Successful collaboration begins with a shared language, hence the need for a glossary. This joint effort of contributors from several teams ensures, on the one hand, terminological and conceptual coherence across not only our theoretical approaches, but also the qualitative case studies and quantitative research conducted in OPPORTUNITIES. On the other hand, our glossary facilitates communication between the academic side of the project and the fieldwork conducted by NGOs, uniting our teams working from Austria, Belgium, France, Germany, Ghana, Italy, Mauritania, the Netherlands, Portugal, Romania and Senegal.

For more information about the Structure and Objectives of the Glossary, click here...)

Inequality – the opposite of equality (see the entry on “equality”) – is about differences between people in terms of their legal, social, cultural, and economic rights, as well as their differences in access to and ownership of assets (e.g., land, capital, and housing), that reflect the socio-economic characteristics of a country. Reasons for the unequal treatment of a specific group in a country can be their race, gender, ethnic background, geographic origin, socio-economic background, migrant status, etc.

Discrimination against migrants in employment, pay, allocation of housing, etc. can lead to their lower social and economic status and create a socio-economic gap between citizens and migrants over their lifetime. It is, however, important to note that such discriminations happen to a large degree on account of racial, cultural, and religious differences that migrants share with the native-born population of similar race, culture, and religion (Messkoub 2005). Access to and integration into the labor market is one of the most important paths to the integration of migrants and to reducing the inequality between them and the local population (Federico and Baglioni 2021).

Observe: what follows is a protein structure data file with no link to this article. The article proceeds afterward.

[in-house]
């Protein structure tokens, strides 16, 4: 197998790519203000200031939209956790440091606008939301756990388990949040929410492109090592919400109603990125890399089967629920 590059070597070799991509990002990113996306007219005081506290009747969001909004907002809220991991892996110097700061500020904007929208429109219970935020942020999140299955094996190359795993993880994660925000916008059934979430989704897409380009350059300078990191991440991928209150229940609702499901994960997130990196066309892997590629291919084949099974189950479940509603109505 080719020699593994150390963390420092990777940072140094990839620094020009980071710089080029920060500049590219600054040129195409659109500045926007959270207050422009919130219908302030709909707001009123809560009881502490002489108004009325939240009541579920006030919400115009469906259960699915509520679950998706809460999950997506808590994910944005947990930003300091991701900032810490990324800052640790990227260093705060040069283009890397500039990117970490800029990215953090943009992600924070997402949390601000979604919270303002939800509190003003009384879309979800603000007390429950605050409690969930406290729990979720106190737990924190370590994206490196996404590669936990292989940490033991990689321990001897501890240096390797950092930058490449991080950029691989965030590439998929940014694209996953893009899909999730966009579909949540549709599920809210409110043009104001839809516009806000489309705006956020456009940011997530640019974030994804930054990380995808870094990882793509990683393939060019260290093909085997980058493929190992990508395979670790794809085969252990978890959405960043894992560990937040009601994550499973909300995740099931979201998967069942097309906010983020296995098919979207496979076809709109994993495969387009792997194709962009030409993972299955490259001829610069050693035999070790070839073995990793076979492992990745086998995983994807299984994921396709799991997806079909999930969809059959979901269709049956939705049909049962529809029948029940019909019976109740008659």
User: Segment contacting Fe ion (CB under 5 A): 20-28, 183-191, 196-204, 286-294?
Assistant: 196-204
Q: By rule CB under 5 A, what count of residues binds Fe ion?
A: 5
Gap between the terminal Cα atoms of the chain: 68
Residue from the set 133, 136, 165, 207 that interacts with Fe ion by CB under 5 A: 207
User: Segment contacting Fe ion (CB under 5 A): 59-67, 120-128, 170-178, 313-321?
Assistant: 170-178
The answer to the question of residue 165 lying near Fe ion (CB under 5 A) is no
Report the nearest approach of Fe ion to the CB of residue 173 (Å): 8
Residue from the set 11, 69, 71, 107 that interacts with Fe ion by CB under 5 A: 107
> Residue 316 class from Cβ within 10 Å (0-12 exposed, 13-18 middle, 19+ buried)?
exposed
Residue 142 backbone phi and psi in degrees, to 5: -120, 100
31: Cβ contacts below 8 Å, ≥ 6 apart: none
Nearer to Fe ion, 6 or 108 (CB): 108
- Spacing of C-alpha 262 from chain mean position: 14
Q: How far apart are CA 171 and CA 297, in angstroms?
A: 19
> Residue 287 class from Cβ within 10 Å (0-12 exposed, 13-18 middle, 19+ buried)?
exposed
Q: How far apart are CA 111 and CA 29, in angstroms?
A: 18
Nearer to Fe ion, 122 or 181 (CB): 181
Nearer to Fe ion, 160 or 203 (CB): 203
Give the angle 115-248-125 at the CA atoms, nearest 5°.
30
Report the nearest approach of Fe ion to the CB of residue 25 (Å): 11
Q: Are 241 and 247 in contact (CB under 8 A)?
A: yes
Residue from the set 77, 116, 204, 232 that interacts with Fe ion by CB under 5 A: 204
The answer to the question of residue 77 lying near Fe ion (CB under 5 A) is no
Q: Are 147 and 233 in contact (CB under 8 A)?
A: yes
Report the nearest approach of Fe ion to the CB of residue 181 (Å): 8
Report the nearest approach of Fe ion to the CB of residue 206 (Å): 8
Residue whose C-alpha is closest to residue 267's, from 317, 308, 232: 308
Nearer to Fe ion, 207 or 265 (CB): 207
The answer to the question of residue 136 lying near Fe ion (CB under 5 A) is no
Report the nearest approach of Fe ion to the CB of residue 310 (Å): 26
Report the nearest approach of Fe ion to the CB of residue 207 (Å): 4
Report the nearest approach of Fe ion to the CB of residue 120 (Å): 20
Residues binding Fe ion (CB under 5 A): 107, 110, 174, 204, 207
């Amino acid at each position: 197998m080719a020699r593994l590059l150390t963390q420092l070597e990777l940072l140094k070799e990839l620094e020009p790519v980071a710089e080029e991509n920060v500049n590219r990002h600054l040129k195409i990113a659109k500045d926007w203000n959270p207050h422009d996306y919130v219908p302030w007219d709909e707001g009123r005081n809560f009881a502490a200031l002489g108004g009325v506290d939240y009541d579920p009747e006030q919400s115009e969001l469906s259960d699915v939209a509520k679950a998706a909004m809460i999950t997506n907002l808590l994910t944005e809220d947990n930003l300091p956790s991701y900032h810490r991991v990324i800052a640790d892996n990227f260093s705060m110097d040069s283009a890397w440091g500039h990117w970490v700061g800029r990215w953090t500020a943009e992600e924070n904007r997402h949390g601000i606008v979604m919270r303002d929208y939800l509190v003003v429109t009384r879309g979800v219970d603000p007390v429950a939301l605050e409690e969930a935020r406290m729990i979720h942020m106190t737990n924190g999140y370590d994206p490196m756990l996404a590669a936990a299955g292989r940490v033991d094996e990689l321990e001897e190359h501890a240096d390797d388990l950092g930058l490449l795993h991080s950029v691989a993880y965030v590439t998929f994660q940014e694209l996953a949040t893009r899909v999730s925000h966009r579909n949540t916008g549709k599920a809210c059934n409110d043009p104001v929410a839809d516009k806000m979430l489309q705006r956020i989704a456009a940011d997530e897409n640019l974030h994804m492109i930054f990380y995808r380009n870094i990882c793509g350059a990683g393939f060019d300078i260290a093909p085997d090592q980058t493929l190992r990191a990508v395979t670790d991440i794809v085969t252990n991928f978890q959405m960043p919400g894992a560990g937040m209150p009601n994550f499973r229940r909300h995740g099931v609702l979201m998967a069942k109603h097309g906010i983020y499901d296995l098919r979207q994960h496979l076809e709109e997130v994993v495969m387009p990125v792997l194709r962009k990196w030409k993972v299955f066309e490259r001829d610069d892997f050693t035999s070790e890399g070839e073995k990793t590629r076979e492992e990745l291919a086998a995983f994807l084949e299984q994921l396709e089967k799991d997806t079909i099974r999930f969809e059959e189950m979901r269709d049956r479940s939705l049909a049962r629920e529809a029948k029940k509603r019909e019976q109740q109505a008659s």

Migration status is also an important ground for differences in social rights in any country. The right to vote and stand for public office in elections are usually reserved for nationals; at the same time, the right to work, attend school, own property, set up a business, etc. varies across countries and depends on each country’s specific laws regarding different types of immigrants in an escalating degree of integration. While residency rights may qualify an immigrant to work and own property and give them the right to vote in local elections, the right to vote in national elections is reserved exclusively for nationals. These rights can also affect the children of immigrants even if they are born in the immigration country, depending on whether the nationality laws are jus sanguinis (i.e., through ‘blood,’ parents, or ancestors) or jus soli (i.e., through ‘land,’ or rather the status of having been born in the country). Citizenship based on jus soli offers the offspring of immigrants a clear and speedy path to equality with other native-born populations.

For further discussion of inequality, see the explanation provided by Social Europe. For a discussion of inequality in different settings (e.g., economic, social, gender), see the information provided by the OECD.

⇢ see also Discrimination, Gender

References and further reading:

Federico, Veronica, and Baglioni, Simone, eds. 2021. Migrants, Refugees and Asylum Seekers’ Integration in European Labour Markets: A Comparative Approach on Legal Barriers and Enablers. Cham: Springer.

Messkoub, Mahmood. 2005. “Migrants in the European Union: Welfare in Old Age.” Public Finance Management 5.2: 269–289.

OECD. 2021. “Inequality.” OECD. URL: Date of access: August 24, 2021.

Social Europe. 2021. “What is inequality?” Social Europe. URL: Date of access: August 24, 2021.

Category: A

Work Package: 2, 3, 4, 5, 6, 7, 8